Basically, once you're set up to use Google Tag Manager's tracking code, every hit to your site is pointed at the Tracking Manager. You then use this interface to configure what to do when a hit arrives at your site, rather than coding it into the web page. Much more flexible and powerful!

What if I already have Google Analytics tracking set up on my website?

If you already have Google Analytics set up, there's a bit of a "but" in here. You will need to do some migration of your site over to Tag Manager, as it changes the basis of the tracking code used. You can't just leave the original code there, or you'll start getting double counting on your analytics site.

Essentially, this involves:
  1. Setting up a Google Tag Manager account for your site. You'll get a new unique 'GTM' ID number for your site (just like your old Google Analytics tracking ID code).
  2. Replace any existing Google Analytics ID code with the new GTM ID code snippets.
  3. Set up any Analytics ID codes you still want to use for website tracking as Google Tag Manager tags and trigger events.
There's a battery of articles out there on the web about migrating your sites, so I won't cover that here. Just google "migrating to google tag manager" and spend as many hours as it takes!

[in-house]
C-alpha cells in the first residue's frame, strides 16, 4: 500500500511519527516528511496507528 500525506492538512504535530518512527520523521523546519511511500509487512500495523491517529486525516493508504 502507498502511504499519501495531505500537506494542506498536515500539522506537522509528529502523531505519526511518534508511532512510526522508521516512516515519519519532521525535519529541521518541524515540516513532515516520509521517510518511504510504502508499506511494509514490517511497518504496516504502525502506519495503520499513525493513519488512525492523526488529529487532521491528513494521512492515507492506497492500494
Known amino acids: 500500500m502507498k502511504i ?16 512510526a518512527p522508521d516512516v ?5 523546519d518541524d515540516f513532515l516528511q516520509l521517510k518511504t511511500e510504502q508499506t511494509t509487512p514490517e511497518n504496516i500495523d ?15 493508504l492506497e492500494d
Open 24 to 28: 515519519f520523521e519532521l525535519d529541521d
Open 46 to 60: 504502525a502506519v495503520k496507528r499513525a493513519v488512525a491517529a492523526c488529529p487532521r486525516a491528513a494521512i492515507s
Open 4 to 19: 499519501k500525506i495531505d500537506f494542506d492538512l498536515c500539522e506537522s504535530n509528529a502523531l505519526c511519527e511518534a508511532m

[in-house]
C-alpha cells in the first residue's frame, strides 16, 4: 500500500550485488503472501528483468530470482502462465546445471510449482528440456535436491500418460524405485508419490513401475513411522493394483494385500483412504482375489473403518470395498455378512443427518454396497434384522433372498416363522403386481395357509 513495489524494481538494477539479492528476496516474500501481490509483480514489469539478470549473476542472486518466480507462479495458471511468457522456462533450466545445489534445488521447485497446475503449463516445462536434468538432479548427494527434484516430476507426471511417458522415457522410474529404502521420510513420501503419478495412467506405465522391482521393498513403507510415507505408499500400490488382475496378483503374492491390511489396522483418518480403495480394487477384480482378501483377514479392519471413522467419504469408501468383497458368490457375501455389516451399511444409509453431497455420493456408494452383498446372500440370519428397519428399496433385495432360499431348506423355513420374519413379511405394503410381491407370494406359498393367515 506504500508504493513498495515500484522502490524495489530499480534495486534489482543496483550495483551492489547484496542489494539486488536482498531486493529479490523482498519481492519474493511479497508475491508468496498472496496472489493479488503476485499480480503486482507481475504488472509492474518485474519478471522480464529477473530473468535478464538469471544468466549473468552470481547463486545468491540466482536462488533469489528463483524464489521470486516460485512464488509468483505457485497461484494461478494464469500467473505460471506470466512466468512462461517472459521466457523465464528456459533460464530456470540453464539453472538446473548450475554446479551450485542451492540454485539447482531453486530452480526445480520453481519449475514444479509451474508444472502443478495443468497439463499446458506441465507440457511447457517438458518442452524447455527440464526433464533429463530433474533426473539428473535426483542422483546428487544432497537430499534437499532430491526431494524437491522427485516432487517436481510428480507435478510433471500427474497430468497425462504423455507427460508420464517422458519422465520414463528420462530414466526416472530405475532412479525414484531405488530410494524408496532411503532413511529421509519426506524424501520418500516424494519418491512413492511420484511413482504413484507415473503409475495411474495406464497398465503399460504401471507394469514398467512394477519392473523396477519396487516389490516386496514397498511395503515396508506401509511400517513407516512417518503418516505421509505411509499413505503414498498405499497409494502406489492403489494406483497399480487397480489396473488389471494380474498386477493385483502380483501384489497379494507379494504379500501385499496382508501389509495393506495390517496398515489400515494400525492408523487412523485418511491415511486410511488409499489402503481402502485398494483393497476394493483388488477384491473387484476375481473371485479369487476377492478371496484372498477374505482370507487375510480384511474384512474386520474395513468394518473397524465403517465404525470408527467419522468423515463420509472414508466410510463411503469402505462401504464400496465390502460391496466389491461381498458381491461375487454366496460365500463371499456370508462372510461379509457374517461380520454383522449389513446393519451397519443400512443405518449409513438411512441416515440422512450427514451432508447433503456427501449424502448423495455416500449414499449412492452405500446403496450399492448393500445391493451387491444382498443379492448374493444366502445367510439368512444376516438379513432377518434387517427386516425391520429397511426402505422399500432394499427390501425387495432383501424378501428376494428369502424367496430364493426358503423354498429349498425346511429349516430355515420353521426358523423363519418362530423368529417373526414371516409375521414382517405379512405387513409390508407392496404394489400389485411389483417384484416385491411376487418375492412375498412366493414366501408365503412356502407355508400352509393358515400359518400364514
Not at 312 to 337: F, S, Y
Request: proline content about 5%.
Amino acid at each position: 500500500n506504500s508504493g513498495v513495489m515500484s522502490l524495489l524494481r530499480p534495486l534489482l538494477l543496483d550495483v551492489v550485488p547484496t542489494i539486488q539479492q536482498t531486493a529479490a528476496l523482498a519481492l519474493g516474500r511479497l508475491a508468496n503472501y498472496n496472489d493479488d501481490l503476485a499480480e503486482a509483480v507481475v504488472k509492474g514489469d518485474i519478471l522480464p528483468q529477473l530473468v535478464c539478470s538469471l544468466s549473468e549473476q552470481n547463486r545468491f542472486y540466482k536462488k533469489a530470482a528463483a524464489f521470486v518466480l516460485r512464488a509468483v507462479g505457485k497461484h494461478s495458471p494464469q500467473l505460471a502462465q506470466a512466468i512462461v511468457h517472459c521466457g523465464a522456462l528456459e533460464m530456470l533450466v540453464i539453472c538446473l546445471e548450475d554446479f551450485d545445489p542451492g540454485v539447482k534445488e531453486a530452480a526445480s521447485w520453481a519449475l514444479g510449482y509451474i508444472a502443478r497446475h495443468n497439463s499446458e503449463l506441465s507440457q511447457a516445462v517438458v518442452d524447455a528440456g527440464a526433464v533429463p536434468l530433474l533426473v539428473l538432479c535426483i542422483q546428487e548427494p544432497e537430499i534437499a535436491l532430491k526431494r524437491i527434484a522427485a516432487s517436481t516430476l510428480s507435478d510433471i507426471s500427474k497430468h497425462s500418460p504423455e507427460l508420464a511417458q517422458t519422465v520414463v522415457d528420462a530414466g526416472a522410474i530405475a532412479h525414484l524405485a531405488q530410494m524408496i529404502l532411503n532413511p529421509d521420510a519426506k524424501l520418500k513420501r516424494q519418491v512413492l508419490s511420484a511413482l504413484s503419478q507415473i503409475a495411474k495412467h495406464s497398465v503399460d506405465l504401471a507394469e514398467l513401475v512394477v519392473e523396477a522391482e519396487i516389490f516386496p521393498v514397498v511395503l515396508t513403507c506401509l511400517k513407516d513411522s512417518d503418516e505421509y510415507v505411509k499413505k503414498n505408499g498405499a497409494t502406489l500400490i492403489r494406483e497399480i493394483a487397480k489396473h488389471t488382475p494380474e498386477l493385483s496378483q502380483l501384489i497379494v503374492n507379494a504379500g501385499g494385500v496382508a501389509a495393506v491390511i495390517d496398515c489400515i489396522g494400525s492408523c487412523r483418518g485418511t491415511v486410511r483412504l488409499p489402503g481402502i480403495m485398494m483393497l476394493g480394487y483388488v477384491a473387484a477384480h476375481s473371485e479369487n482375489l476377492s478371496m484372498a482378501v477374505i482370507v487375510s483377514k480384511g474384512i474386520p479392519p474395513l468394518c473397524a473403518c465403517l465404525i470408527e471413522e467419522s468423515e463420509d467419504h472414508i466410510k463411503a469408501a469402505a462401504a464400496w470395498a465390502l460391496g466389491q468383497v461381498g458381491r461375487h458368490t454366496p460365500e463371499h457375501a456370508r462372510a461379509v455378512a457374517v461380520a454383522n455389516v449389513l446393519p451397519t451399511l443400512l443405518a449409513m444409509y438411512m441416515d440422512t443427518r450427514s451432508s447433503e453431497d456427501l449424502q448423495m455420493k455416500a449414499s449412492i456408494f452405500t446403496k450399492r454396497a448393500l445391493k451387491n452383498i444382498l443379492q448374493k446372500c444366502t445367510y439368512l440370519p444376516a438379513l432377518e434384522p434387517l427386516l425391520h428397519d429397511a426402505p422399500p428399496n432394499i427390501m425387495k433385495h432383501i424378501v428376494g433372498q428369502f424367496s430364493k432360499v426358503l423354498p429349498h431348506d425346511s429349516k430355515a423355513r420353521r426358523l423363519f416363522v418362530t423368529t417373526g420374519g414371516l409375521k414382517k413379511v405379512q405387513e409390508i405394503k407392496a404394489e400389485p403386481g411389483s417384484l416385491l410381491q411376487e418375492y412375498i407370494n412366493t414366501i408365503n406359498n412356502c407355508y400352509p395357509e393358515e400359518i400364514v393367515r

Let's get on with the steps you need for tracking your Tableau dashboards. This updates the steps written by Jeff Shaffer in his original article, but I'd recommend you read his original article first as it explains the fundamental concepts well.

I've adapted the steps in Jeff's original article to:
  1. Use Google Tag Manager to set up Analytics Tracking
  2. Create a single Google Analytics Tracking ID to track all my Tableau visualisations
  3. Create a single template HTML code file using Google Tag Manager's tracking code
  4. Use a copy of this template file, with a unique filename, to distinguish each dashboard
  5. Remove the need for a unique Tracking ID, code and shortened URL link for every dashboard.
Let's get started.

How do I set up Tag Manager to track Tableau Dashboards?

You'll need four things to complete this:

1. Your own website, with SSL enabled.
2. A Google Tag Manager account.
3. A template file with some HTML code (we'll set this up in a second).
4. A Google Analytics account.

Step 1. Prepare a website directory ready for tracking

• On your website server, set up a new directory that's uniquely named.  I used /analytics/

We'll be using this directory to hold individual tracking code files so we can identify individual dashboard file hits in Google Analytics. You'll use the full site pathname in Google Analytics set up.

Step 2. Get your Google Tag Manager GTM tracking code and create a template tracking file

You'll need a Google Tag Manager account ID from

If you haven't got a Google Tag Manager account set up already, create one. I've used a dummy website here, but I created the account for my live website.  This *shouldn't* cause a problem if you're going to migrate, as it won't do anything until the tracking code is inserted and you'll be all set up to migrate other stuff later.